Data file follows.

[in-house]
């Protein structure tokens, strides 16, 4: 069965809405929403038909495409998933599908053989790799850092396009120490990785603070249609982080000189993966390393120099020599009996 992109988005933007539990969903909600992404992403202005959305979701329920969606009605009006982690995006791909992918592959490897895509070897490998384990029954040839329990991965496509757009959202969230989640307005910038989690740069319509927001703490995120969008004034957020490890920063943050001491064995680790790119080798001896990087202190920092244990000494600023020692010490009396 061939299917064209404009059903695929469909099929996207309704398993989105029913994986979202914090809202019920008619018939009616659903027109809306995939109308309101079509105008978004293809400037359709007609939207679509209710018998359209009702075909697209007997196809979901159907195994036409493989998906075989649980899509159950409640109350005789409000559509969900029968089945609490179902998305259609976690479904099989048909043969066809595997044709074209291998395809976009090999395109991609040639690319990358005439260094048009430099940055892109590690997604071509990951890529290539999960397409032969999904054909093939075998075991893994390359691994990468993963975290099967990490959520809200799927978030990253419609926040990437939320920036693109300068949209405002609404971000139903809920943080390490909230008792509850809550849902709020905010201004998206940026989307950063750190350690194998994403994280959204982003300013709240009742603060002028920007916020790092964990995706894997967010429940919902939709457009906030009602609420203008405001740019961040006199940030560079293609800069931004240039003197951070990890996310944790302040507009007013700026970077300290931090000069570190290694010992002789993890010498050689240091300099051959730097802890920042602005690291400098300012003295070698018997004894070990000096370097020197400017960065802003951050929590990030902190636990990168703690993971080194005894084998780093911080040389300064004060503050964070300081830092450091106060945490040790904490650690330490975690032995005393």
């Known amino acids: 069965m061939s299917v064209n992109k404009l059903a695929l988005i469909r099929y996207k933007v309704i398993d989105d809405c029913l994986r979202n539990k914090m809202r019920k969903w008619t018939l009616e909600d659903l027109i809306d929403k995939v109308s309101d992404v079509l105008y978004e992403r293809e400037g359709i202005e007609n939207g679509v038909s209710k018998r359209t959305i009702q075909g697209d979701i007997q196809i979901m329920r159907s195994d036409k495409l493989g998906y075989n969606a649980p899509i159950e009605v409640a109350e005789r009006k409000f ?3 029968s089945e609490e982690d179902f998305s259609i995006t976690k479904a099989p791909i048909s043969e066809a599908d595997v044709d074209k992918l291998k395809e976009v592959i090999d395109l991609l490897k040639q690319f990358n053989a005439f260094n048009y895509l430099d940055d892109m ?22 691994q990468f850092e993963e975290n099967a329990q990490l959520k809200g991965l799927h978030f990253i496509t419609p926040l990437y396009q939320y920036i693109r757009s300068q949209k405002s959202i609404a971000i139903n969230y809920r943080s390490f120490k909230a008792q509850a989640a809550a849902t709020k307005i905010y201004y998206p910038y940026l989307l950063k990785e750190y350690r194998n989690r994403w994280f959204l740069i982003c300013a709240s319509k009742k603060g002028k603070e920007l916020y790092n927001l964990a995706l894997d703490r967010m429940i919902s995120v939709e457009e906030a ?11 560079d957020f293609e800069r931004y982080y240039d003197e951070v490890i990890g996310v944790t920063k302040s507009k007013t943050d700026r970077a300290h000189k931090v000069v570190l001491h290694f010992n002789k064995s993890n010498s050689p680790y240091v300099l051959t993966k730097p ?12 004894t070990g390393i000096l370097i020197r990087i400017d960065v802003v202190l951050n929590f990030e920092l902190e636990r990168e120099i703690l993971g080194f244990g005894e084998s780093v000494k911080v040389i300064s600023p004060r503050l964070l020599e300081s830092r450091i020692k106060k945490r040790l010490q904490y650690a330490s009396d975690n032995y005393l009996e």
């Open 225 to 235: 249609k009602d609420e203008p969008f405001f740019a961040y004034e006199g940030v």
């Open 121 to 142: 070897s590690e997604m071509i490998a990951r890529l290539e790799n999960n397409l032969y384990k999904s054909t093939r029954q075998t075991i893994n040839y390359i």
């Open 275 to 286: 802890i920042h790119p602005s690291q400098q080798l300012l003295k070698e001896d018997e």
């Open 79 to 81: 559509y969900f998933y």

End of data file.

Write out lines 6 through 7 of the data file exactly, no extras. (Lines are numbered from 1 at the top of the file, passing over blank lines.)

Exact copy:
């Open 275 to 286: 802890i920042h790119p602005s690291q400098q080798l300012l003295k070698e001896d018997e």
């Open 79 to 81: 559509y969900f998933y």